SEATTLE — The weather system that brought snow to western Washington pushed past Seattle by mid-afternoon on Sunday.
The snow band continues to push east through Sunday evening.
Though the bulk of snowfall ended for the metro area, light flurries remain possible overnight, according to the National Weather Service.
Prior to the widespread snowfall, Whatcom and Skagit counties saw snow throughout the day Saturday, while farther south didn't see snow levels drop to sea level until sunset. Some parts of Whatcom County already had 3-6 inches of snow by Saturday evening.
Roadways were still wet on Saturday night when the temperatures dropped across central Puget Sound, so roads iced over.
According to snowfall reports gathered by the National Weather Service, many cities in the greater Seattle area received at least 2 inches of snow in a 24-hour period by Sunday afternoon.
Now that the cold air is in place, any precipitation that comes through from now until Wednesday night will come in the form of snow. One band will move through early Sunday morning with another round expected Sunday evening.
RELATED: Western Washington forecast
And where there’s snow, there are also freezing temperatures. A weather system is expected to bring the coldest air of the season to the region this weekend and into next week, keeping snow levels near sea level.
"While we will almost certainly see snow accumulations in Seattle, our main concern at this time is the cold that will envelop the region from Sunday onward," NWS Warning Coordination Meteorologist Reid Wolcott said during a weather briefing Thursday.
High temperatures in the lowlands are expected to struggle to reach freezing, with lows in the teens by early next week. It is possible lows could drop into the single digits.
"This is a rare event," said Wolcott. "It's been many years since those of us at the weather service in Seattle have seen forecast data like this, much like the heat event that we experienced earlier this year."
Below is a forecast timeline of what to expect over the holiday weekend and beyond:
The best chances of lowland snow accumulation will be Saturday night through Sunday night as modified arctic air pushes into the Puget Sound region. The arctic air will bring dangerously cold temperatures to the region.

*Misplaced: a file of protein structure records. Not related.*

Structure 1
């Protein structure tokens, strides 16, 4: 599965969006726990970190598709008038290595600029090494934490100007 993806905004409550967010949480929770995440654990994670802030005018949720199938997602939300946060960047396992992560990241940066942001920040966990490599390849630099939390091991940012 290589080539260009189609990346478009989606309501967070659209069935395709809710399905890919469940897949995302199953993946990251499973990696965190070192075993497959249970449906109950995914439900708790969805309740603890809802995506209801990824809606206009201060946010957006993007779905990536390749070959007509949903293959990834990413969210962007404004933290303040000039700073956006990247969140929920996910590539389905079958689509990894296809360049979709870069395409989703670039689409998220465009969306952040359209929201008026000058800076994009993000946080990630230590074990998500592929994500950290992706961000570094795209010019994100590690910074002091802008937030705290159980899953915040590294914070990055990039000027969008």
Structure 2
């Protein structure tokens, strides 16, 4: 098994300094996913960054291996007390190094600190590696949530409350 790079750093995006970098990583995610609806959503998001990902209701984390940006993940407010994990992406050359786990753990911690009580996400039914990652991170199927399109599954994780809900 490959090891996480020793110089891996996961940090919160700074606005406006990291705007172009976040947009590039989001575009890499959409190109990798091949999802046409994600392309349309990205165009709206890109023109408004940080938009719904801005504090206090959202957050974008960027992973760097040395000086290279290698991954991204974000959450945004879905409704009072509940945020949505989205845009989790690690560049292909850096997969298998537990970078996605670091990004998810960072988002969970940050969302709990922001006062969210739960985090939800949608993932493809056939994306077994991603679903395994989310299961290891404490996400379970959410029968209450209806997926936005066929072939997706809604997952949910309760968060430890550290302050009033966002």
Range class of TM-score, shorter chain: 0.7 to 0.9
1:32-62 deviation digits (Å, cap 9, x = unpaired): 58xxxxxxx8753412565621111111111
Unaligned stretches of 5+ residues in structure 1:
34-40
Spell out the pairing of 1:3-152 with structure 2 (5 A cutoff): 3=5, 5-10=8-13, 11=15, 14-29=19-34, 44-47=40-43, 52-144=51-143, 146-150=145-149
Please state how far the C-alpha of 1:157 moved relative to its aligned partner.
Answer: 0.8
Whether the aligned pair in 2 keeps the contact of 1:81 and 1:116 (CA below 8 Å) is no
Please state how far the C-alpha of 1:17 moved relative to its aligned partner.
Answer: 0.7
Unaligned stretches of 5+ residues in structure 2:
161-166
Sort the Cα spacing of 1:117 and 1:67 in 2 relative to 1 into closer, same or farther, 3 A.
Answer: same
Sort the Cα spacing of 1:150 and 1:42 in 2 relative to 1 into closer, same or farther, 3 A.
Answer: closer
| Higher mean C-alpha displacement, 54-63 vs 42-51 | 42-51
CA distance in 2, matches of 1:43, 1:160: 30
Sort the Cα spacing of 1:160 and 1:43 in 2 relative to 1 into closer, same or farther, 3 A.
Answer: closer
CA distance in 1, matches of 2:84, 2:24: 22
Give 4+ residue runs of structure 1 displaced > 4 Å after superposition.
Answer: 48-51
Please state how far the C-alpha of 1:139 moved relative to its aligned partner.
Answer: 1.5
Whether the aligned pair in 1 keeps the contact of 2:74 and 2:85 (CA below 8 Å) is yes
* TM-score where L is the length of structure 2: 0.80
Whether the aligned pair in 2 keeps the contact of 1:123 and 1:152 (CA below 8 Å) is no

The NWS has issued a Winter Storm Warning for much of the Puget Sound region until 3 p.m. Sunday. Areas under the warning include Everett, Seattle, Bellevue, and Bremerton. Heavy snow is expected with additional snow accumulation of 2-5 inches, with the heaviest snow expected Sunday morning.
The rest of the region is under a Winter Weather Advisory is in effect for most lowland areas through Sunday. The NWS said snow will develop in bands, which will create variable snow accumulations, but said an additional 1-3 inches of snow is possible.
The NWS said increasing Fraser outflow will create windy conditions for the San Juan Islands and western Whatcom and Skagit counties over the next few days and into next week. A Wind Chill Advisory is in effect for those areas until 10 p.m. Saturday until 10 a.m. Monday. Wind chills could drop to between -5 to -10 over western Whatcom County Sunday, and possibly as low as -15 Sunday night and into Monday morning.
Highs on Sunday will be near or below freezing, and snow levels are expected to remain at sea level until at least Thursday and possibly through the new year.
Temperatures are expected to be in the teens across western Washington Sunday night into Monday morning, with single digits possible in Whatcom County.
High temperatures next week are expected to be in the 20s, with overnight lows in the teens as cold arctic air is expected to remain in the Puget Sound region.
Although not well defined, some disturbances will push in off the Pacific and bring light snow chances Monday through Wednesday. A larger but warmer system will arrive on Thursday that should bring a return of the dreaded rain/snow mix to the lowlands and heavy snow to the mountains.
These cold temperatures will impact vulnerable populations like the homeless and those with no access to heating. Exposed pipes may also be damaged and break from the frigid temperatures. Pets and plants should also be given extra consideration.
Temperatures could stay well below average into January.